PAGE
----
COVID-19 is shaping the reality of our time and it has not even started yet. However, by now, millions of students worldwide are feeling the tremor. The crisis, among the students, have jeopardised the lives of those who have recently graduated, at the end of their studies and planning for their career or a degree abroad. Istiaque Ahmed Nahian talks about their uncertain future
TIME is a tricky concept. Human beings are still confused about when it all began and when it will all be over. Before the recent emergence of the COVID-19, people were comfortably able to evade the ever menacing question of ‘Who am I’. Mindless rat race was pretty much evident. But no one can use time as an excuse anymore for avoiding social gatherings.
This pandemic has opened the gates of anxiety, both positive and negative. People have somewhat realised better the value of familial and social relationships. They got to stop and think about what is really important to them. We have seen people sharing old photos and memories in social media through which they reinvented their relationships and relived their happier times. Well, not all kinds of revelations are the happy ones. The students and previous victims of session jams of Bangladesh are unluckily observing the re-emergence of it, from which they were beginning to recover slowly, but successfully.
The newspapers, magazines and the social media platforms are focusing on building productivity while staying indoors. But this just won’t cut it for the fresh graduates who have just completed their studies and were waiting for job interviews or were applying for studying abroad. They have almost nothing to do except for waiting.
Samantha Sanwar, a graduate of Dhaka University who is still waiting for her post-graduation result said, ‘I was looking forward to applying for my second masters in Australia, but things got difficult after this pandemic. The application process got delayed, so I have to apply for the January session which has a lower rate of student enrollment. Moreover, I have to be really careful about selecting a particular university keeping in mind the areas of the virus spread clusters. It is pretty much evident that the enrollment process will be delayed by a year. I was completely at my wits end because of this situation because I thought I had enough time for the application process, but looks like I didn’t. Most of the universities enquire about the reasons and durations of study gap which will make things more difficult for me. Already the universities have limited their scholarship and a lot of overseas students were dependent on them.’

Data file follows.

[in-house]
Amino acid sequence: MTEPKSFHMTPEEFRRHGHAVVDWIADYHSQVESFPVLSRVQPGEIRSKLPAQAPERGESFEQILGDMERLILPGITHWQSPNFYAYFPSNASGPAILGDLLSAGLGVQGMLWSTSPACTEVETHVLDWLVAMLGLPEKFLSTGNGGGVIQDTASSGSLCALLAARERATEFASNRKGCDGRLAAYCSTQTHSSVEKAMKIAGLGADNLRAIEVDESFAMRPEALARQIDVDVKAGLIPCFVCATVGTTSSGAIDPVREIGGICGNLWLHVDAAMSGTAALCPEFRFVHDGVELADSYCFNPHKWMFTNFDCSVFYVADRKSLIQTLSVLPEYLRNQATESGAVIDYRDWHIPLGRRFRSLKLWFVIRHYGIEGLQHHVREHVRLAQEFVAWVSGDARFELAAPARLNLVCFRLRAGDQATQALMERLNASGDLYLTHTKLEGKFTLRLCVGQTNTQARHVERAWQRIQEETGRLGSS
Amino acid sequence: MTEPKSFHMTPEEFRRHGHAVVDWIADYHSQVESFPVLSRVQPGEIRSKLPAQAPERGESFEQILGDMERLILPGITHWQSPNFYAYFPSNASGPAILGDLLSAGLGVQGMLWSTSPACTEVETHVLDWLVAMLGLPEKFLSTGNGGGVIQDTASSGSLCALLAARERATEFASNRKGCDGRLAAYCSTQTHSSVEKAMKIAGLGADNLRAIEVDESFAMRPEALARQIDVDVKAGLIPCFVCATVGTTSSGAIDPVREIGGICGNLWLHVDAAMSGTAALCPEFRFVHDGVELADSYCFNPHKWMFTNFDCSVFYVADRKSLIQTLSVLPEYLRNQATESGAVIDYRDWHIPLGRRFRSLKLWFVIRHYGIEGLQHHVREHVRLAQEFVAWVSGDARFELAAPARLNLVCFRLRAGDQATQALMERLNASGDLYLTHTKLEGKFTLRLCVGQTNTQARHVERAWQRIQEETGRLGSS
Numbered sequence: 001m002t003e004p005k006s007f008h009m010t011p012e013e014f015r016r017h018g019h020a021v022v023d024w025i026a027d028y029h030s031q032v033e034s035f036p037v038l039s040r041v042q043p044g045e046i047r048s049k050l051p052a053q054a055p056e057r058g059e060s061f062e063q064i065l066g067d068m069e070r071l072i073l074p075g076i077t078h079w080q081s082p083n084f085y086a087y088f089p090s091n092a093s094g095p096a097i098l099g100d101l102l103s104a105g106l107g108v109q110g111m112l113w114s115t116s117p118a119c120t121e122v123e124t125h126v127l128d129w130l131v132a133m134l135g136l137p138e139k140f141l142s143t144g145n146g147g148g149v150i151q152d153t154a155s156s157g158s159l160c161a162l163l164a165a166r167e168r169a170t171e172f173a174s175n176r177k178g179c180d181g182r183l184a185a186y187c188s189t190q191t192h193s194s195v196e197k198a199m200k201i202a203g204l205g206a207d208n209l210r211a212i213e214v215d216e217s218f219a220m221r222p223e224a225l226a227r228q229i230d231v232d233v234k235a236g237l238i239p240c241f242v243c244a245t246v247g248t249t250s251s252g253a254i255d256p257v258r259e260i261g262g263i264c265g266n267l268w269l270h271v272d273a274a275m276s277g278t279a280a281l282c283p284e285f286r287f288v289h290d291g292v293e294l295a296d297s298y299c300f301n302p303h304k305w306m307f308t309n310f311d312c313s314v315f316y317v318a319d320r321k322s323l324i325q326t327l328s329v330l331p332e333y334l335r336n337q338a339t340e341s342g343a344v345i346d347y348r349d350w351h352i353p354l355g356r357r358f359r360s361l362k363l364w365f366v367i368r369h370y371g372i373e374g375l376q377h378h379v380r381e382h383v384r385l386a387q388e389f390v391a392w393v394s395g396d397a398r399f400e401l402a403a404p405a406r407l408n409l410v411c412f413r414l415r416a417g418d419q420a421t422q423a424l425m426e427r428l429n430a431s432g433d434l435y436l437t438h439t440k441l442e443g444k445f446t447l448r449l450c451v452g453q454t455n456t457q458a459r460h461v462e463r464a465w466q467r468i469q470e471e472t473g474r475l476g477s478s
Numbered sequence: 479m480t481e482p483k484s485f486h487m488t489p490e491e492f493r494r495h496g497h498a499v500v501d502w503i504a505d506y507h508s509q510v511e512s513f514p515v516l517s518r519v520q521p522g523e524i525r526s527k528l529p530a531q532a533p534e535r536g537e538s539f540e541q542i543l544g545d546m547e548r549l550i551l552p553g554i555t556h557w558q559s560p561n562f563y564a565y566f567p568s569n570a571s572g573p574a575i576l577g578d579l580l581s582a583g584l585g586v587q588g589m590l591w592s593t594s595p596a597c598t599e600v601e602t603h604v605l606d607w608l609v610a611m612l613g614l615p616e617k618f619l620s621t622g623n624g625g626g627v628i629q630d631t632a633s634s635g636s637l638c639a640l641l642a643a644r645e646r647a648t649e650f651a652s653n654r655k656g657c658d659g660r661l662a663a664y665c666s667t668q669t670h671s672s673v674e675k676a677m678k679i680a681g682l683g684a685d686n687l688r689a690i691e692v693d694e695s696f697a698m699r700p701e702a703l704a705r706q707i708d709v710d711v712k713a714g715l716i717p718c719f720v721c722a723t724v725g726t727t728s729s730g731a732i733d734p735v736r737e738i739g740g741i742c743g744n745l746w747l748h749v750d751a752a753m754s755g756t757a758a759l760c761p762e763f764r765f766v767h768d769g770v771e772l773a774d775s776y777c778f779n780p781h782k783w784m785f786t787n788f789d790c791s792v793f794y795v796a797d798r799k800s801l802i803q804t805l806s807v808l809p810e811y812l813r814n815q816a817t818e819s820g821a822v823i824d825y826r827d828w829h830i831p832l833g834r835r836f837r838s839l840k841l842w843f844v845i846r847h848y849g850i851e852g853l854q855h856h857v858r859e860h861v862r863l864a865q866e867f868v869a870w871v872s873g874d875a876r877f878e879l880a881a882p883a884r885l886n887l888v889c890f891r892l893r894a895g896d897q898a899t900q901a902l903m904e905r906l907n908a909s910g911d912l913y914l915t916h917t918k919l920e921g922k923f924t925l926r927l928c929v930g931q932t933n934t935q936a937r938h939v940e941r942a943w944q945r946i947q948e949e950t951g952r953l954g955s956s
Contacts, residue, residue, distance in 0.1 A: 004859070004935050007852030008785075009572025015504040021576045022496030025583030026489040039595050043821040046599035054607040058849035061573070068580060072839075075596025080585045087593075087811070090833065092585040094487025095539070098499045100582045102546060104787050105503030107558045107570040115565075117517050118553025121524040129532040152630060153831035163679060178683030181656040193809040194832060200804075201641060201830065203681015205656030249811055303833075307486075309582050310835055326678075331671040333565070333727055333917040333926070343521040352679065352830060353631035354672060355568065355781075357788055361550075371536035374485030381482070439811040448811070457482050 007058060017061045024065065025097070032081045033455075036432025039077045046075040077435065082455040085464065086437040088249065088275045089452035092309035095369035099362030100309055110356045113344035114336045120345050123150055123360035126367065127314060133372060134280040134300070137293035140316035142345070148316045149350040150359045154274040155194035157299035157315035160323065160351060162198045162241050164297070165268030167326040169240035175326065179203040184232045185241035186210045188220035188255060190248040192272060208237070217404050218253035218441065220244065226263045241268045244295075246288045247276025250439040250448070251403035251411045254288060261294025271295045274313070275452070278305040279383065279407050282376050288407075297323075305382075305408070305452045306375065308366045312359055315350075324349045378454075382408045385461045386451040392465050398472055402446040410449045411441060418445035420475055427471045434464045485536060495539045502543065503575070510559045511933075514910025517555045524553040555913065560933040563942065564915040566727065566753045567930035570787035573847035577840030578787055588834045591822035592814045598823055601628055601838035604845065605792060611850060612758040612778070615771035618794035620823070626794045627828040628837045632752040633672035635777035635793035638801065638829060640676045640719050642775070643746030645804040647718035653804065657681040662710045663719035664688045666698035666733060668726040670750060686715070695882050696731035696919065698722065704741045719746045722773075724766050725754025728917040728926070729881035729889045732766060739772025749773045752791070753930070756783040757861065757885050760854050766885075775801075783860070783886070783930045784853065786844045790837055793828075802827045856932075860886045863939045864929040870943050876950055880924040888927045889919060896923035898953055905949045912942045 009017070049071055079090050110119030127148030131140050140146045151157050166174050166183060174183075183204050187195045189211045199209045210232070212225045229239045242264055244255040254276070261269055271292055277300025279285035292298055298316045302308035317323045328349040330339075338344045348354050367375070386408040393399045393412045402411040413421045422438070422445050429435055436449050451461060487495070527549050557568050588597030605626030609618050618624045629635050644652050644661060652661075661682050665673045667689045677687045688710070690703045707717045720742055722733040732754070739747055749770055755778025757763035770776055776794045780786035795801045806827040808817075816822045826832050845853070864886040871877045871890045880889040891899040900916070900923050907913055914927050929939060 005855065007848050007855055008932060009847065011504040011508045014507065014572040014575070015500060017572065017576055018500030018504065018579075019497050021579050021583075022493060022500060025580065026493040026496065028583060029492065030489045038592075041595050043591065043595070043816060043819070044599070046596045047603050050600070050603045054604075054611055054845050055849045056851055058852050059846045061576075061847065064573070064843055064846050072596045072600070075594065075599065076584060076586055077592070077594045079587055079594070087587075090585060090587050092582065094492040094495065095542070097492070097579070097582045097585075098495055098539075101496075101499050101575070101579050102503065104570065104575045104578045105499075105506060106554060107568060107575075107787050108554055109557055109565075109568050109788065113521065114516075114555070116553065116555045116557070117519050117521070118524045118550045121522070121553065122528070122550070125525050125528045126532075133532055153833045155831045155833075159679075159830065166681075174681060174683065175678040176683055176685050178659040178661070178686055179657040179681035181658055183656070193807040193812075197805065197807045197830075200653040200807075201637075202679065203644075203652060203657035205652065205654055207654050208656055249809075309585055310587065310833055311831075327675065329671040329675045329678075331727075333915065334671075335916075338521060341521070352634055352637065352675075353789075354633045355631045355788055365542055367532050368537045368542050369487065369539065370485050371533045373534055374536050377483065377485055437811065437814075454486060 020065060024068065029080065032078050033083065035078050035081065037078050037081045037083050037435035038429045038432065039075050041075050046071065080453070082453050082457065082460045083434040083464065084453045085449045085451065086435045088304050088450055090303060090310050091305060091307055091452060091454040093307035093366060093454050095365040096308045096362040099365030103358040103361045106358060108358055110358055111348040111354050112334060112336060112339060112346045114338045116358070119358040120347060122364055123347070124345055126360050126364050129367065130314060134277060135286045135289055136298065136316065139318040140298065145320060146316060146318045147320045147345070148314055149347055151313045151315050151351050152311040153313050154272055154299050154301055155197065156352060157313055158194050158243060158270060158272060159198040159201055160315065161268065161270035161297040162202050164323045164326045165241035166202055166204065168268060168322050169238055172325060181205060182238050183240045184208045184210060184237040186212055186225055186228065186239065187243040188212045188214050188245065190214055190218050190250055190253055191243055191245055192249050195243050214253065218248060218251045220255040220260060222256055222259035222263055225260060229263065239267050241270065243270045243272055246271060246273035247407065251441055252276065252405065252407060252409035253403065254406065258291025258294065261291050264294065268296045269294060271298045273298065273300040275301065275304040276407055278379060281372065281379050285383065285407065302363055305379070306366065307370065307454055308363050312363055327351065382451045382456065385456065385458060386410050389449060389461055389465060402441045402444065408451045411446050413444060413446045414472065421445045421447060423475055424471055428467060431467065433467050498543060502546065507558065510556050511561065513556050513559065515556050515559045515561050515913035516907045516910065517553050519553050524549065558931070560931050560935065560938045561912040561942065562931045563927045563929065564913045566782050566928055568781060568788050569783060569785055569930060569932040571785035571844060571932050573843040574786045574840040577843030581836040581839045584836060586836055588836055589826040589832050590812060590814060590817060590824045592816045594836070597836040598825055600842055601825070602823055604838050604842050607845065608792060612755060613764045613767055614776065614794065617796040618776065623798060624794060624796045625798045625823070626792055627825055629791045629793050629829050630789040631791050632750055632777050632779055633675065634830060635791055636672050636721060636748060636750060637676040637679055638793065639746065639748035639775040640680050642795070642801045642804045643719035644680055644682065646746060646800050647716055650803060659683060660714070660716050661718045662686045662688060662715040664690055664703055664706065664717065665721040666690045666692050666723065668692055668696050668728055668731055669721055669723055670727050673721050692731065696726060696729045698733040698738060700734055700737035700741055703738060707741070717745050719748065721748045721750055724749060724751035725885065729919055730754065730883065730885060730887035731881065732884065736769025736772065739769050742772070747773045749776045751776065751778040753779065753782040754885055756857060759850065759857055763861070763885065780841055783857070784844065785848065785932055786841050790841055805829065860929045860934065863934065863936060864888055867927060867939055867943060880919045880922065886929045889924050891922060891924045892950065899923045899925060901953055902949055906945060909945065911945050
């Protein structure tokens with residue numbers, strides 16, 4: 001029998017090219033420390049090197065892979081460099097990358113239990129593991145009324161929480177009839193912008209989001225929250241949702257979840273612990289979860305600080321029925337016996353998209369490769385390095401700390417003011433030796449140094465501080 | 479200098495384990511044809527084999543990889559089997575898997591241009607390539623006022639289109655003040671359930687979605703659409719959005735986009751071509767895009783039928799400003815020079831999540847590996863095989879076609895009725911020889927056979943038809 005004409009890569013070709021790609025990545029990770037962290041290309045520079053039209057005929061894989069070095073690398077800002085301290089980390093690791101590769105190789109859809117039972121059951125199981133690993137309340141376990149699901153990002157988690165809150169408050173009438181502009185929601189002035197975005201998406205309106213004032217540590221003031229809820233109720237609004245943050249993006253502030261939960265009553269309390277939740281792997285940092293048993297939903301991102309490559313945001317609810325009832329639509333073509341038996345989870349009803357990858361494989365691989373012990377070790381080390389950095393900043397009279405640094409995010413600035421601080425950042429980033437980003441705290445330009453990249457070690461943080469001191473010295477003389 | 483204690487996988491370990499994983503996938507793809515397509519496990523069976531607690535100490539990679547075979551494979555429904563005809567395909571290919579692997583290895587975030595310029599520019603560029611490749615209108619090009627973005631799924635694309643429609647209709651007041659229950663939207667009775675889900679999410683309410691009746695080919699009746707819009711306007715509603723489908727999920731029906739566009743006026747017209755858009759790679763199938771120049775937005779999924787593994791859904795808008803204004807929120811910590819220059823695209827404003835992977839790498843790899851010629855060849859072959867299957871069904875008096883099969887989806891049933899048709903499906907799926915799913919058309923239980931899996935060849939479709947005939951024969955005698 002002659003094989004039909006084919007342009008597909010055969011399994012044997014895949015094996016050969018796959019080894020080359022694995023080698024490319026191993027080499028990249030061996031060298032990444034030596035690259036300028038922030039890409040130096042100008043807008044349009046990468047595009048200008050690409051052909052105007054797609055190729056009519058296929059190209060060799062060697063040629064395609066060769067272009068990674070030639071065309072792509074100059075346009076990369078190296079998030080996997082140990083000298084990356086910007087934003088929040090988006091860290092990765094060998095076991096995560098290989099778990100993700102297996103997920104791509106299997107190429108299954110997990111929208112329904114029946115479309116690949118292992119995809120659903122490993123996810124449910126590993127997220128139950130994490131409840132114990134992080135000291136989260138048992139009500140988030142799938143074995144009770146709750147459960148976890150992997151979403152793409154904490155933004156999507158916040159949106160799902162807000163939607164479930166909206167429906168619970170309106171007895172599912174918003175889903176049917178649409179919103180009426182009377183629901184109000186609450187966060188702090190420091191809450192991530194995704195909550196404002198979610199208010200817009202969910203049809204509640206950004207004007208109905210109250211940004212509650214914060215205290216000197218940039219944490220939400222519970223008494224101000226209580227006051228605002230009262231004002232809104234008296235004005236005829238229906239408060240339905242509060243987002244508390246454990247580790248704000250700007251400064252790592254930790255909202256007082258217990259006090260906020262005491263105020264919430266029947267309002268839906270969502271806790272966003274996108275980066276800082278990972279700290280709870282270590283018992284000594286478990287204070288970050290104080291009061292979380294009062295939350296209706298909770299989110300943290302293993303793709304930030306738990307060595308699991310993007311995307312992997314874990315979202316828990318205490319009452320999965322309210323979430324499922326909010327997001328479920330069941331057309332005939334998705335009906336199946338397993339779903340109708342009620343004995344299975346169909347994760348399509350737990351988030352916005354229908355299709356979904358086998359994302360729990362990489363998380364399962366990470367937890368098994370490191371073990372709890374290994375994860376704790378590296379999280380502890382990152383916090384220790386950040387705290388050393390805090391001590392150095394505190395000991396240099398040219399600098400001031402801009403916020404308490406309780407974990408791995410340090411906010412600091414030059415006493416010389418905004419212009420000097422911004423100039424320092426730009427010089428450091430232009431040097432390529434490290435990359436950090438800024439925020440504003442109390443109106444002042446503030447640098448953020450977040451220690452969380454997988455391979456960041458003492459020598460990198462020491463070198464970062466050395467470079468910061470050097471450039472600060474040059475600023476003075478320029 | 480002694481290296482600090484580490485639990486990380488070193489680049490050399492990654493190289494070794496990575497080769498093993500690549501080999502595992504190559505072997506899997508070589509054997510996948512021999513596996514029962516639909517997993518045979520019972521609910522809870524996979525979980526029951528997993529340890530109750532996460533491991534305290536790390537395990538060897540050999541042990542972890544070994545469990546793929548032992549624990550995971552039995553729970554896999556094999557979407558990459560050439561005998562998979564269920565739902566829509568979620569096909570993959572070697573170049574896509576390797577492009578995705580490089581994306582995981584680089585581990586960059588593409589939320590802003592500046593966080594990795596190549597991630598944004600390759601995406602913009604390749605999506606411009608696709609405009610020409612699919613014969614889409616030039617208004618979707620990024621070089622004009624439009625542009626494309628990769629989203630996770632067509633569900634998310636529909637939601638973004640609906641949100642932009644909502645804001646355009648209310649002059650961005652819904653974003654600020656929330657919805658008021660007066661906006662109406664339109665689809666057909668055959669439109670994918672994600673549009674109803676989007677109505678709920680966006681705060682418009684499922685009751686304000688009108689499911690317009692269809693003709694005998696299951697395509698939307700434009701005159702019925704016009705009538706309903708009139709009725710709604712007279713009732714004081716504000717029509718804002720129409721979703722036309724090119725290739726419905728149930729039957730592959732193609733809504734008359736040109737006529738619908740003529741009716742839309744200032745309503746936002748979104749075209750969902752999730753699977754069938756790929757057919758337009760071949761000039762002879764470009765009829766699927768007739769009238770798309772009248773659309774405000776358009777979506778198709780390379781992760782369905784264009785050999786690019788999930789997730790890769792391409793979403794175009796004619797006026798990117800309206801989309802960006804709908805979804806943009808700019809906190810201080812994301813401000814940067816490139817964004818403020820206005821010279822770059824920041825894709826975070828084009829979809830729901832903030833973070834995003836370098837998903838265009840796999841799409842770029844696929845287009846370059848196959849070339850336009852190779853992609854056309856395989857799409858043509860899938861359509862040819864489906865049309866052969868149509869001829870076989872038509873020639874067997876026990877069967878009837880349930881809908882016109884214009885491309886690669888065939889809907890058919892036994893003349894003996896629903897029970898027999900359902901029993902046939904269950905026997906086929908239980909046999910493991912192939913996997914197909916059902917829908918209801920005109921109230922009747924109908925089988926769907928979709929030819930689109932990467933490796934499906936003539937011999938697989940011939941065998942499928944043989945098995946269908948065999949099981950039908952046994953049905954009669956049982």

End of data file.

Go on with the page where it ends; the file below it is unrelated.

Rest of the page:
Samantha also works fulltime in a reputed filmmaking agency. About career planning she says, ‘The ones who were working part time or working temporarily in an office looking for better options are in a fix now. Because of the current situation of the job market, keeping one’s current job has become difficult let alone shifting it. It is a long haul to think about productivity during these times but people can really try developing their sector-wise skills if they want. The people who are afraid of job interviews can work on it by improving their English speaking skills. A lot of Universities are offering online degrees which can help those who have always cherished the dream of achieving an international degree.’
It is no surprise that the rat race will continue right after from the moment this pandemic is over. We are a nation who will never resort to compromising their studies at any situation. We have seen that the University Grants Commission had started giving directives about online classes to the private universities when the whole nation was bombarded with the adversities of the COVID-19 due to the limited health facilities of our country.
Questions still remain about the publishing of the results of the ongoing semester judging by class assignments and midterm exams. This is clearly prioritising quantity over quality. Although re-exams for improving grades are included in the UGC directives, it will do little good to the students who are on their last semester. Re-exams are uncertain and it will only delay their respective job and university application processes.